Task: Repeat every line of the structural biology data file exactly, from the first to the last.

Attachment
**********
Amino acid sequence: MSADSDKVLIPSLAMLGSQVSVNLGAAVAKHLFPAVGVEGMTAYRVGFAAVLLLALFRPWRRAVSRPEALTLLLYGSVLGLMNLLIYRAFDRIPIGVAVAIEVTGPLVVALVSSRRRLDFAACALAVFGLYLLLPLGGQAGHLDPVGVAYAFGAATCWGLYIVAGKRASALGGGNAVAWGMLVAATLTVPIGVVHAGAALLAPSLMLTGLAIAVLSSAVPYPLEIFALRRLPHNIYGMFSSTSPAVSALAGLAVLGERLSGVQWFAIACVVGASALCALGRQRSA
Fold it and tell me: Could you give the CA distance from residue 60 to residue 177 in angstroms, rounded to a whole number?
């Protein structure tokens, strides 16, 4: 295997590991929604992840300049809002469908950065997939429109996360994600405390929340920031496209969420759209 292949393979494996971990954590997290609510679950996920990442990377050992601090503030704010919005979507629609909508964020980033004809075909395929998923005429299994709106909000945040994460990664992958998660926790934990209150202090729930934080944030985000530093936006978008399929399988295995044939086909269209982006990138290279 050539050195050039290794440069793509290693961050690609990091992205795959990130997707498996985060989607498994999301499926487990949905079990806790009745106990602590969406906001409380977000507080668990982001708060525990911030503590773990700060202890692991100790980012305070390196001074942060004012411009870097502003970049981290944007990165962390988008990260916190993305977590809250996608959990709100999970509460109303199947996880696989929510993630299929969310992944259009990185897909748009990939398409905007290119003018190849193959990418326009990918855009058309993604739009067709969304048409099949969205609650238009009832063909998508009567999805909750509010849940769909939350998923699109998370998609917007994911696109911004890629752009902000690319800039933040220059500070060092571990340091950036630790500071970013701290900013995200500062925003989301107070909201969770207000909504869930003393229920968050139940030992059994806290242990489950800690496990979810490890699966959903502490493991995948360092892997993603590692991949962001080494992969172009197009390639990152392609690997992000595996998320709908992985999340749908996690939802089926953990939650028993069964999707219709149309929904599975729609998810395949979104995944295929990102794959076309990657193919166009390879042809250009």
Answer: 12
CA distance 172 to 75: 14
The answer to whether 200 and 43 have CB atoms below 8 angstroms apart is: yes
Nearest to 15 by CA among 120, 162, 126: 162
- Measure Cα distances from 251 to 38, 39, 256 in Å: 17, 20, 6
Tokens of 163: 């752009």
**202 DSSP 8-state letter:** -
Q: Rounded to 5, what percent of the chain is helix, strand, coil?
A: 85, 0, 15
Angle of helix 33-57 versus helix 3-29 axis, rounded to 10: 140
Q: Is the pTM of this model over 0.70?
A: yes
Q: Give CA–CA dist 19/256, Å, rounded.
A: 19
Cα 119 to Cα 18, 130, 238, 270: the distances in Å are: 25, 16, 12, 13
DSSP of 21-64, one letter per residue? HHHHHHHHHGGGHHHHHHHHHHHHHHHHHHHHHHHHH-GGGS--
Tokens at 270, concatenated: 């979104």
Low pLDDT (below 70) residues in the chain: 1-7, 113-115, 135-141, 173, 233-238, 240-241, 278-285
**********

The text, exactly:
Amino acid sequence: MSADSDKVLIPSLAMLGSQVSVNLGAAVAKHLFPAVGVEGMTAYRVGFAAVLLLALFRPWRRAVSRPEALTLLLYGSVLGLMNLLIYRAFDRIPIGVAVAIEVTGPLVVALVSSRRRLDFAACALAVFGLYLLLPLGGQAGHLDPVGVAYAFGAATCWGLYIVAGKRASALGGGNAVAWGMLVAATLTVPIGVVHAGAALLAPSLMLTGLAIAVLSSAVPYPLEIFALRRLPHNIYGMFSSTSPAVSALAGLAVLGERLSGVQWFAIACVVGASALCALGRQRSA
Fold it and tell me: Could you give the CA distance from residue 60 to residue 177 in angstroms, rounded to a whole number?
């Protein structure tokens, strides 16, 4: 295997590991929604992840300049809002469908950065997939429109996360994600405390929340920031496209969420759209 292949393979494996971990954590997290609510679950996920990442990377050992601090503030704010919005979507629609909508964020980033004809075909395929998923005429299994709106909000945040994460990664992958998660926790934990209150202090729930934080944030985000530093936006978008399929399988295995044939086909269209982006990138290279 050539050195050039290794440069793509290693961050690609990091992205795959990130997707498996985060989607498994999301499926487990949905079990806790009745106990602590969406906001409380977000507080668990982001708060525990911030503590773990700060202890692991100790980012305070390196001074942060004012411009870097502003970049981290944007990165962390988008990260916190993305977590809250996608959990709100999970509460109303199947996880696989929510993630299929969310992944259009990185897909748009990939398409905007290119003018190849193959990418326009990918855009058309993604739009067709969304048409099949969205609650238009009832063909998508009567999805909750509010849940769909939350998923699109998370998609917007994911696109911004890629752009902000690319800039933040220059500070060092571990340091950036630790500071970013701290900013995200500062925003989301107070909201969770207000909504869930003393229920968050139940030992059994806290242990489950800690496990979810490890699966959903502490493991995948360092892997993603590692991949962001080494992969172009197009390639990152392609690997992000595996998320709908992985999340749908996690939802089926953990939650028993069964999707219709149309929904599975729609998810395949979104995944295929990102794959076309990657193919166009390879042809250009």
Answer: 12
CA distance 172 to 75: 14
The answer to whether 200 and 43 have CB atoms below 8 angstroms apart is: yes
Nearest to 15 by CA among 120, 162, 126: 162
- Measure Cα distances from 251 to 38, 39, 256 in Å: 17, 20, 6
Tokens of 163: 């752009």
**202 DSSP 8-state letter:** -
Q: Rounded to 5, what percent of the chain is helix, strand, coil?
A: 85, 0, 15
Angle of helix 33-57 versus helix 3-29 axis, rounded to 10: 140
Q: Is the pTM of this model over 0.70?
A: yes
Q: Give CA–CA dist 19/256, Å, rounded.
A: 19
Cα 119 to Cα 18, 130, 238, 270: the distances in Å are: 25, 16, 12, 13
DSSP of 21-64, one letter per residue? HHHHHHHHHGGGHHHHHHHHHHHHHHHHHHHHHHHHH-GGGS--
Tokens at 270, concatenated: 């979104």
Low pLDDT (below 70) residues in the chain: 1-7, 113-115, 135-141, 173, 233-238, 240-241, 278-285